Fire in the American River Watershed
The Eldorado National Forest, located in the Sierra Nevada Mountains in California, is a 600,000-acre landscape of conifer forests, lakes and mountain meadows. The Eldorado is one piece of a vast watershed that supplies water to millions of Californians, as well as farms that grow half the nation’s fruit and vegetables.
Despite the Eldorado’s vital role, its future is at risk. Wildfires in this region are growing bigger, hotter and more destructive due to the effects of climate change and a legacy of forest mismanagement.
In 2014, for example, the King Fire burned nearly 100,000 acres in and around the Eldorado National Forest. More than 30,000 acres burned so intensely that few trees survived, making the King one of the most ecologically damaging wildfires in California history. With few mature trees left alive and the seed bank in the soil incinerated, severely burned parts of the forest will not regrow without our help.
Climate-Smart Reforestation in the Eldorado
Since 2006, American Forests has planted more than one million trees in the Eldorado. These trees are planted according to our climate-smart principles, a suite of forestry techniques to restore forests that can better withstand drought, fire and other climate stressors.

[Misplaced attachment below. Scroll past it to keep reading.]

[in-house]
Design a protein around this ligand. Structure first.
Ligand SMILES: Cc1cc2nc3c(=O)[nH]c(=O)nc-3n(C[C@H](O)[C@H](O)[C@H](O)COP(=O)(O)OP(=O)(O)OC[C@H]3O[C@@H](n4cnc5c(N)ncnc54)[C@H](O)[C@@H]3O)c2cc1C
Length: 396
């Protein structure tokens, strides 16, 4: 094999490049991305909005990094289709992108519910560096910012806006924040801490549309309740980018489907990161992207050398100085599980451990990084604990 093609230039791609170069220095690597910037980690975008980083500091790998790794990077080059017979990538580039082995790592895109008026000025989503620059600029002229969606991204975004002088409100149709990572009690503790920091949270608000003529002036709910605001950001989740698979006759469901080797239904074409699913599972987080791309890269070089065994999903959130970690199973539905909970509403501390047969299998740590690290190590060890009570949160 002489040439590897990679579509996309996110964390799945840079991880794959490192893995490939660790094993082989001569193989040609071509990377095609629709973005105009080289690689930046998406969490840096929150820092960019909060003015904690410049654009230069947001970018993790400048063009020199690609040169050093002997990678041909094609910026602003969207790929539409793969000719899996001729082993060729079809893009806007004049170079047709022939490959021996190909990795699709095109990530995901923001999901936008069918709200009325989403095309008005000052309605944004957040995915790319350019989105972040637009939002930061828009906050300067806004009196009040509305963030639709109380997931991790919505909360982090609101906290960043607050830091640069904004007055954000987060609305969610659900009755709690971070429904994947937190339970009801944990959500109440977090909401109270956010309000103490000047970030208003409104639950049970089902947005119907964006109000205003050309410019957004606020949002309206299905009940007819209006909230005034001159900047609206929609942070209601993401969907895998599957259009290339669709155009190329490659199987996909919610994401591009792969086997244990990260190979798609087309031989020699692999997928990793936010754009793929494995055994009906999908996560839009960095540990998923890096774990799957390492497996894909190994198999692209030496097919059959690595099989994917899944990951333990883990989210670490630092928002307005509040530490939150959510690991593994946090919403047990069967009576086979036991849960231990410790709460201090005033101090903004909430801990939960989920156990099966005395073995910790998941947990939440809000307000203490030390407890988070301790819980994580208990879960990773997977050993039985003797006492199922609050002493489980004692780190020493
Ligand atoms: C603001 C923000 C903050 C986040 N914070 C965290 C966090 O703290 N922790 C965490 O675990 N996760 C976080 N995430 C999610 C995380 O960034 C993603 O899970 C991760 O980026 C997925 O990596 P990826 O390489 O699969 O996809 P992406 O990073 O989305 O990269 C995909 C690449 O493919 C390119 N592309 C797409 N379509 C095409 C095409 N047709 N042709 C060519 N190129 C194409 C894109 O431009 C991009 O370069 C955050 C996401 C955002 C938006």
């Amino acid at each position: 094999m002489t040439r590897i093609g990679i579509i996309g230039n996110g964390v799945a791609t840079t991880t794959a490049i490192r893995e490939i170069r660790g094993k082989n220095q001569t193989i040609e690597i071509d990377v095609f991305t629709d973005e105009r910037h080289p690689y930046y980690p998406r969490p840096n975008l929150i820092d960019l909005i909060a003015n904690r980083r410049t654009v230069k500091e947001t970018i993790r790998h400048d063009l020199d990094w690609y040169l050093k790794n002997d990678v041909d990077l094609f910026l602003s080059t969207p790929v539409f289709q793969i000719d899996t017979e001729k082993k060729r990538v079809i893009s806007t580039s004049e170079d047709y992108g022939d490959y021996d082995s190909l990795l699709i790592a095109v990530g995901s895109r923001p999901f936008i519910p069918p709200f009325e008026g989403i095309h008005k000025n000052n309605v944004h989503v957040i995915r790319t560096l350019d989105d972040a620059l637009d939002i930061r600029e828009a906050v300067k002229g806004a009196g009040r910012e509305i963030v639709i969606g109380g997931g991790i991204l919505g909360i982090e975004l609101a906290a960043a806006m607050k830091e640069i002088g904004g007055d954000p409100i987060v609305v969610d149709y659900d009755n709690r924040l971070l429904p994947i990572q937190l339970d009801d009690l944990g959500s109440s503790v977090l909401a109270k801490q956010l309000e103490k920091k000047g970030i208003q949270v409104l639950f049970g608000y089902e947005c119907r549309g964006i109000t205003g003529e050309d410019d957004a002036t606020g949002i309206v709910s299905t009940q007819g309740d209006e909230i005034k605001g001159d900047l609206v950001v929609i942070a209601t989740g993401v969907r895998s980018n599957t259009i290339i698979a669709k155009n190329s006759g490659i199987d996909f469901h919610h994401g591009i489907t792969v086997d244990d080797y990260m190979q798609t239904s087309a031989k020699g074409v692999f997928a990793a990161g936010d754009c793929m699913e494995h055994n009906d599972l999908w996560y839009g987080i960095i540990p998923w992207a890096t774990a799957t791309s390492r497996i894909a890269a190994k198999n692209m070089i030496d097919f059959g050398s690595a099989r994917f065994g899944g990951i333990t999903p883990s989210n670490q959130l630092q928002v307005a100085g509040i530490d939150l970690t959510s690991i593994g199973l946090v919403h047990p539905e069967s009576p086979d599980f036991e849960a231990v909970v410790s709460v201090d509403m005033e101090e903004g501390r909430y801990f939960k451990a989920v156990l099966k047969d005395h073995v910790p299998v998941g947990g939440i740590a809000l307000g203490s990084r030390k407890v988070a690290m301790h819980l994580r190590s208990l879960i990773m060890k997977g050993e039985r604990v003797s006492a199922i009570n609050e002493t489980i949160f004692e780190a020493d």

American Forests’ work includes managing reforestation projects through partnership agreements as well as monitoring current and past plantings and controlling shrubs that compete with growing seedlings.
American Forests actively monitors and evaluates the success of our reforestation work in the Eldorado and other sites in California. Through this, we refine our climate-smart planting techniques and identify the best practices for wildfire recovery.
Our Partners in the Eldorado
American Forests has partnered with the Eldorado National Forest, the Bella Vista Foundation, the Sierra Nevada Alliance, the Wildlife Conservation Board and many others to restore healthy forests in the Eldorado. We do this by creating public-private partnerships and using tools, such as our existing Master Stewardship Agreement, to share the reasonability of these restoration efforts.
American Forests also funds and manages a Sierra Corps Forestry Fellow stationed in the Eldorado. This fellow works with the national forest’s scientists to study, design and implement reforestation projects, and to fill other gaps in capacity and expertise. American Forests also holds community outreach events and recruits citizen scientists to monitor planting plots.